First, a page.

Uni students should graduate with Indigenous knowledge


Originally published in Tracker Magazine.

Universities Australia has released a new framework calling on Indigenous cultural competency to be embedded across all curricula.

NATIONAL: The peak body for Australia’s universities has recommended that Indigenous cultural competency be embedded across all undergraduate programs and all students graduate with understandings of Indigenous culture.

Universities Australia this month handed down the results of its Indigenous Cultural Competency (ICC) project, completed in conjunction with the Indigenous Higher Education Advisory Council (AHEAC).

The project aimed to create a National Best Practice Framework on Indigenous Cultural Competency.

The framework includes a number of recommendations, ranging from teaching and learning, Indigenous research and governance and management.

It has called for Indigenous knowledges and perspectives to be provided to all students across all curricula, and has recommended that Indigenous cultural competency be included as a Graduate Attribute or Quality (skills or understandings taught to all students on completion of their degree).

The framework states that all “graduates of Australian universities will have the knowledge and skills necessary to interact in a culturally competent way with Indigenous communities”.

It also states that Aboriginal and Torres Strait Islander people should be actively involved in governance and management, including at the senior levels that lead Indigenous education.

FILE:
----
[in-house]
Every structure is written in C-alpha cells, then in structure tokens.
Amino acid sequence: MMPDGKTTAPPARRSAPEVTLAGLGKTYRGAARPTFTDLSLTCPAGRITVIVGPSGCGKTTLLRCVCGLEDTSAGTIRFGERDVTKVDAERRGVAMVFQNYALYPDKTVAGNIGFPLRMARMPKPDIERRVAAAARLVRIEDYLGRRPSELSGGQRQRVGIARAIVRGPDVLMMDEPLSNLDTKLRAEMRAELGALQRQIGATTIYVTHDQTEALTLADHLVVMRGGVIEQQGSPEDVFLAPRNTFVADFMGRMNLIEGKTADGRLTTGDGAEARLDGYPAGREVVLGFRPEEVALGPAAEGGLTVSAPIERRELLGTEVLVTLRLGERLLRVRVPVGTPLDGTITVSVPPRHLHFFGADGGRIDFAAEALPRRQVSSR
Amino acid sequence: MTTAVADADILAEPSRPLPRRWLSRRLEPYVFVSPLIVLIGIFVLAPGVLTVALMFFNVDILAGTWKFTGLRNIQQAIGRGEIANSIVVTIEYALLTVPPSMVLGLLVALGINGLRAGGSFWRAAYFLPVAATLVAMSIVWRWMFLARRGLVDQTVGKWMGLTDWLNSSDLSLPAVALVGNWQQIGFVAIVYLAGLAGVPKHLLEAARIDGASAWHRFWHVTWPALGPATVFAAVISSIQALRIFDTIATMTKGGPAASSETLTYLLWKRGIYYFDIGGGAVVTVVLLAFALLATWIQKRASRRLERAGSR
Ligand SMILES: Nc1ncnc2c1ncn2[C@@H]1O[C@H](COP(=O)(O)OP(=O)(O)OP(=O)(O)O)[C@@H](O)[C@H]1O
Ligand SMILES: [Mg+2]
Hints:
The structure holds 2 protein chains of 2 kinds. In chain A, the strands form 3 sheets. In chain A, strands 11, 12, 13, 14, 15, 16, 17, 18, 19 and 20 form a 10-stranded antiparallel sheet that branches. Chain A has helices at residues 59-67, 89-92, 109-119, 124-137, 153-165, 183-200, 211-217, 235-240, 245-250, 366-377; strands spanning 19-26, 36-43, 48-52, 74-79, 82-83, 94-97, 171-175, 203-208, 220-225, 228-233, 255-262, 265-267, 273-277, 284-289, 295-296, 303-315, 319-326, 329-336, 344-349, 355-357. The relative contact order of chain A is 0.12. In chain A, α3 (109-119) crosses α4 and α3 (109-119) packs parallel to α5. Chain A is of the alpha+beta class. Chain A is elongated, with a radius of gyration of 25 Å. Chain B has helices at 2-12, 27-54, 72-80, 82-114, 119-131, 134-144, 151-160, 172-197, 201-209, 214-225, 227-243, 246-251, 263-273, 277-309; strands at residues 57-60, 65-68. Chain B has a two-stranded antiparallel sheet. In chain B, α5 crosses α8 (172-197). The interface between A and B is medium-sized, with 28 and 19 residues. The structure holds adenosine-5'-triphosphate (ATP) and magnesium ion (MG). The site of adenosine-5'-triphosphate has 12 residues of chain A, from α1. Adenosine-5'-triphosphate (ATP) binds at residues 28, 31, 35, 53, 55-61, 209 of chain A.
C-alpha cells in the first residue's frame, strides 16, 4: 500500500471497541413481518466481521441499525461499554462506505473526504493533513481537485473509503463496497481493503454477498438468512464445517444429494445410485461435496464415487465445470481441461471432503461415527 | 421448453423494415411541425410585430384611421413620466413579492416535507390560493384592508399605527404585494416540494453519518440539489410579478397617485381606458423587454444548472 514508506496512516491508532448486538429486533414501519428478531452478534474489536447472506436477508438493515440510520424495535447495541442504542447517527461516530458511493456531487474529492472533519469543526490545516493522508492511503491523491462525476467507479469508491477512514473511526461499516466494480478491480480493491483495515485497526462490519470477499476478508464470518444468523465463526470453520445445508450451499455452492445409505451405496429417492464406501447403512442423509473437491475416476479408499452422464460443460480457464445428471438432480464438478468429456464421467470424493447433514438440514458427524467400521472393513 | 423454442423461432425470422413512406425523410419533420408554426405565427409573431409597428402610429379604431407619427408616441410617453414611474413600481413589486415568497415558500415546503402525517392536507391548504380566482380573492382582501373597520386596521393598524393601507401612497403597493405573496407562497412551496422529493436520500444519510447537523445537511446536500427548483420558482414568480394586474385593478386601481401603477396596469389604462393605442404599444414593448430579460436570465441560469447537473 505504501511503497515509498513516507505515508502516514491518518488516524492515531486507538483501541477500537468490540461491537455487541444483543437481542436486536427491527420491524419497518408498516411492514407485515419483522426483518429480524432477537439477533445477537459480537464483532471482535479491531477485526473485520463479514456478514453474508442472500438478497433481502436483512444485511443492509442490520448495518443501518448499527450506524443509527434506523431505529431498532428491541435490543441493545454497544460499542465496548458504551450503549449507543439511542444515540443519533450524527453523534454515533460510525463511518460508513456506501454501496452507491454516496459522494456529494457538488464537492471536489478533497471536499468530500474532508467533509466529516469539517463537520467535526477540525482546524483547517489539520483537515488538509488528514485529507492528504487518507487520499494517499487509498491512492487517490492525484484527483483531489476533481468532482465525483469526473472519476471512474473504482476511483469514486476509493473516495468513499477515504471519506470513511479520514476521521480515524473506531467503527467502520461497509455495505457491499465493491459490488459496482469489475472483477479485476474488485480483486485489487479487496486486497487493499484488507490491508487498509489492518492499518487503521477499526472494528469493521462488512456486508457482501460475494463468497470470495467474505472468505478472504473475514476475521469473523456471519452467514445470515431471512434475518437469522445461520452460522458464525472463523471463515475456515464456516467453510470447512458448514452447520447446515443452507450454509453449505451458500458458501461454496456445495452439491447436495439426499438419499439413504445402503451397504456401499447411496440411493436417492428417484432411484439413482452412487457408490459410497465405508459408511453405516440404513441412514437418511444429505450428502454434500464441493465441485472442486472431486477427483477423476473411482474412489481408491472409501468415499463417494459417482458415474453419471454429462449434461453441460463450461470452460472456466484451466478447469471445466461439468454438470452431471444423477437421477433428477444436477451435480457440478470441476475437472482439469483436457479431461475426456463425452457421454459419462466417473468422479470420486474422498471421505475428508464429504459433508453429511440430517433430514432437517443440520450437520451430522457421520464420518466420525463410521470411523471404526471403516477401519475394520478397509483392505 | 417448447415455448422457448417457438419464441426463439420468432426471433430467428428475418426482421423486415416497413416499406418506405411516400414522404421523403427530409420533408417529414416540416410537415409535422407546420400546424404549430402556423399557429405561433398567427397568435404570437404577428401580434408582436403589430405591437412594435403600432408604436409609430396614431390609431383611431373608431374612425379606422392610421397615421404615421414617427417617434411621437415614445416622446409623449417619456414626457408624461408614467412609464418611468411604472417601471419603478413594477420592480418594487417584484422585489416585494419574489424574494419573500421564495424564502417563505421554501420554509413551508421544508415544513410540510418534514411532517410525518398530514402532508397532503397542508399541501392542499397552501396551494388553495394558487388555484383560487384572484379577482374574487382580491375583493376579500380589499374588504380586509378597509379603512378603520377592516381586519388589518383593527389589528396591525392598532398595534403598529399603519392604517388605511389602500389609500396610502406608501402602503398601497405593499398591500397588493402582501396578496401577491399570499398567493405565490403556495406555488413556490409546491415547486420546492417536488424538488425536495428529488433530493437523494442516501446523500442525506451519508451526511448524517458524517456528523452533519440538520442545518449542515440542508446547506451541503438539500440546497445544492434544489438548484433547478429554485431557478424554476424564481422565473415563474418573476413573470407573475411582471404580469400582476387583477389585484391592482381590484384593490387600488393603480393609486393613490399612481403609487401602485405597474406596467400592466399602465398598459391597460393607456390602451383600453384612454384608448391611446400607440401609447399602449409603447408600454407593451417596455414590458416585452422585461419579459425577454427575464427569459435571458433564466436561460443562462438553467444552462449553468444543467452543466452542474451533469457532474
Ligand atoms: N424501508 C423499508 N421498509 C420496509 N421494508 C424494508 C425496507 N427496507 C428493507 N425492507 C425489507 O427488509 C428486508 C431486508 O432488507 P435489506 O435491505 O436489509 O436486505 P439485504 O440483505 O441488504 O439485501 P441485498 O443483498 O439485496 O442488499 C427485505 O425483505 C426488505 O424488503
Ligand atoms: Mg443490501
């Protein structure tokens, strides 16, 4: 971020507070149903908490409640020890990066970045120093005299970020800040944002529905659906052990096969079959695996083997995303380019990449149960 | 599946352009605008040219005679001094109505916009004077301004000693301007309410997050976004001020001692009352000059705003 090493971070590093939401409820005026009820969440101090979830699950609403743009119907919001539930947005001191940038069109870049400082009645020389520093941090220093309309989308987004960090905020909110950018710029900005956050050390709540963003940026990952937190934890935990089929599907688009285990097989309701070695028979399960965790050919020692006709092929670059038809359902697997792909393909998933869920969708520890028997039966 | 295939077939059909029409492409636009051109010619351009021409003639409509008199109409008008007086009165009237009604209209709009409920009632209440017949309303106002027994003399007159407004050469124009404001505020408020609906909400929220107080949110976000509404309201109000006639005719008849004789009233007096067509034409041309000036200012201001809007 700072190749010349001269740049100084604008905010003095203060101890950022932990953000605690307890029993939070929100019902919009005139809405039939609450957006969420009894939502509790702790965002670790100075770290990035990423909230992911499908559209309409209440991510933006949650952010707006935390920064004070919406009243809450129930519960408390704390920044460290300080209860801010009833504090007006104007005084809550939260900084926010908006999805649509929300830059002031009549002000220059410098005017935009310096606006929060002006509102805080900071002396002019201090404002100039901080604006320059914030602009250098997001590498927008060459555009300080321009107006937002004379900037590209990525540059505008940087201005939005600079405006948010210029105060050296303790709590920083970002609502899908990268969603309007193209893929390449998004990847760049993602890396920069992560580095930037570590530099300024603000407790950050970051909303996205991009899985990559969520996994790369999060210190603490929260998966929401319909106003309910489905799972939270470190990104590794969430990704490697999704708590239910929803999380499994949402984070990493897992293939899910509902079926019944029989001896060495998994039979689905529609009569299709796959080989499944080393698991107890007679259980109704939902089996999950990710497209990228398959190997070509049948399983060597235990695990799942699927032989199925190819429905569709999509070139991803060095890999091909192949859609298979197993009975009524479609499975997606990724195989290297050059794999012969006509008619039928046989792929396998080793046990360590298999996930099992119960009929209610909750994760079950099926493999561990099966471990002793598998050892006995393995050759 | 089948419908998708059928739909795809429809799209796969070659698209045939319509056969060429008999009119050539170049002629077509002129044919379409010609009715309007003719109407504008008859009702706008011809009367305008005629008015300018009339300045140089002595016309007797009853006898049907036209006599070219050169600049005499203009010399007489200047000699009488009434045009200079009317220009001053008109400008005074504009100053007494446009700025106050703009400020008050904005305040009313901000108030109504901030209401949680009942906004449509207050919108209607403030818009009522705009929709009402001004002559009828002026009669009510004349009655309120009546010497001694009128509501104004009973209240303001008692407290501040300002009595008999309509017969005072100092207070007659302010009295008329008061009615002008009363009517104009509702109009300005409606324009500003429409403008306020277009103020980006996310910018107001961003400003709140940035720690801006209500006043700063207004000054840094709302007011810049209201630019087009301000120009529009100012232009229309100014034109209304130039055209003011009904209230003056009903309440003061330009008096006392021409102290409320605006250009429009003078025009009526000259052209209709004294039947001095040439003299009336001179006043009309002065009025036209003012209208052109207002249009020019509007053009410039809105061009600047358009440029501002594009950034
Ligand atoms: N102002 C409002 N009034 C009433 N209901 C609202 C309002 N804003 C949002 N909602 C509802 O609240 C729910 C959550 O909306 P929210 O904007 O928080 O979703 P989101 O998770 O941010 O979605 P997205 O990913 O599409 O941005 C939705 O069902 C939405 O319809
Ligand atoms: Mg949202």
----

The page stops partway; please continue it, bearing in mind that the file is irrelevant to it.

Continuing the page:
The framework calls on universities to develop protocols for lifting Indigenous representation on university boards and committees.

The body found that in the field of Indigenous research, Australia lags well behind other developed countries like New Zealand and Canada.

It calls on universities to adequately fund an Indigenous Research Strategy, identify Indigenous issues as key research themes for the university and ensure that guidelines are created to ensure Indigenous researchers and research is culturally safe and methodologically sound.

The framework also recommends that universities draw up Reconciliation Statements on Reconciliation Action Plans and support the Indigenous community through structures like Indigenous Advisory Committees.

It asks universities to make sure campuses are culturally inclusive of Aboriginal and Torres Strait Islanders and ensure they display “Acknowledgement to Country” signs in prominent locations, as well as on marketing materials.

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